Westchester will soon be a beacon of blue light for individuals and families in the region affected by autism spectrum disorder (ASD). The Center for Autism and the Developing Brain at in White Plains will open in 2013 to treat and research ASD and other developmental brain disorders under one local facility.
“When the CDC tells you there is an epidemic of autism in the country, you know you’re dealing with something of enormous proportion,” said New York-Presbyterian Hospital CEO Dr. Steven Corwin, at the center’s groundbreaking ceremony Wednesday.
The Centers for Disease Control and Prevention (CDC) recently released new data that upped the number for children with autism from one in 110, to one out of 88. According to The Huffington Post, the new statistics come from a series of studies that steadily raised the rate of autism, and that the new estimate shows that autism is almost twice as common as estimates from five years ago.
“Is it that we’re diagnosing it more carefully? Is it something out there causing it?” asked U.S. Congresswoman Nita Lowey, at the event. “We’ve got to get to the bottom of it. Between increasing research and educational opportunities—we can make a difference. I am so thrilled to be on the committee with my colleagues to continue to fight for more money [for autism services and research].”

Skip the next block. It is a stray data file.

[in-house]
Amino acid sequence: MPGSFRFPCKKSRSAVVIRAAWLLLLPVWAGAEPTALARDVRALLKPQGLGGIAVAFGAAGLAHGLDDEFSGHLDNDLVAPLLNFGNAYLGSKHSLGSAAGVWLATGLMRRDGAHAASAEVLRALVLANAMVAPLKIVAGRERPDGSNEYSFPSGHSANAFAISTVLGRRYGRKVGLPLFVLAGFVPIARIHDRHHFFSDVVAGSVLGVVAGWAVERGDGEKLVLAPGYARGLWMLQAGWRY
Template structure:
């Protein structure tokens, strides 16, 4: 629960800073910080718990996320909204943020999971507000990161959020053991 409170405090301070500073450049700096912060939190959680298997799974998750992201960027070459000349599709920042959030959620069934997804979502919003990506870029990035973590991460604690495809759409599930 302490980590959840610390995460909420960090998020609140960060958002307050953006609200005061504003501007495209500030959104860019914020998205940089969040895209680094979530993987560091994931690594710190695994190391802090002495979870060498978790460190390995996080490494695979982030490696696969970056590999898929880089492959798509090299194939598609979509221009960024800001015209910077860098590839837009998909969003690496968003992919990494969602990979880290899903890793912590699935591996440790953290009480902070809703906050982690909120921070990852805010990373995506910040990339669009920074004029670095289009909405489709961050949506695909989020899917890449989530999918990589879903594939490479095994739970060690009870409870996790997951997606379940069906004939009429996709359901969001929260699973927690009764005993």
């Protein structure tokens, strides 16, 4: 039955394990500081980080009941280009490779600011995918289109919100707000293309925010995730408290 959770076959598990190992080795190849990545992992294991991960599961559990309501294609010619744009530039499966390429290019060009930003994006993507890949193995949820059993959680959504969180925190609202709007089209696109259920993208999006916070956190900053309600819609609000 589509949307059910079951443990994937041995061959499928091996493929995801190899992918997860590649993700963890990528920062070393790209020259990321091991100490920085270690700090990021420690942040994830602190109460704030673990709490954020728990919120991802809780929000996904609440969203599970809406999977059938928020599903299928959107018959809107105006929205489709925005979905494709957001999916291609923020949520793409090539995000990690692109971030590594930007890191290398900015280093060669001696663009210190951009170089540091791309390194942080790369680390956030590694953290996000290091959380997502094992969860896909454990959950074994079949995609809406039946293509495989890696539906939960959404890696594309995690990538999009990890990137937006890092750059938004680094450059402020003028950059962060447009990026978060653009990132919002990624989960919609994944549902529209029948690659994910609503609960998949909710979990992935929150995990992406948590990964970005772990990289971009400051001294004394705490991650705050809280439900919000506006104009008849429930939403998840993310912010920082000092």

According to the CDC, developmental disabilities affect one in six U.S. children—including speech impairments, intellectual disabilities, cerebral palsy and autism.
New York-Presbyterian Hospital will partner with the New York Center for Autism, Weill Cornell Medical College and the Columbia University College of Physicians and Surgeons to provide thorough care in a cutting edge facility for patients of all ages, including: evaluations, diagnosis, therapeutic and gap services to help families and patients heal and plan for the future.
“Housing, employment, recreation and community integration programs will ensure this center addresses the critical issues at hand of how we treat and service individuals with autism to lead independent and joyful lives,” said Laura Slatkin, who co-founded the New York Center for Autism with her husband Harry Slatkin.
The center will also research and develop the best practices in ASD service, in addition to researching causes and treatments to advance ASD care.
Dr. Catherine Lord, director of the Center for Autism and the Developing Brain, described the center as offering “high quality clinical service in an atmosphere where we are conducting research to find out what’s happening in the future—not just to find out what happened, but what to do next.”
The new facility—made possible by a collaboration between the hospital, medical colleges, New York Center for Autism and donors—is currently under construction and will be completed in late 2012, before it opens the following year on the hospital’s 214-acre Westchester campus.
“Anyone who has any connection to the community knows multiple families who are touched by the disease,” said Mayor Tom Roach. “The idea that our city is going to have a state-of-the-art cutting edge facility to help people who have this disease is a wonderful thing.”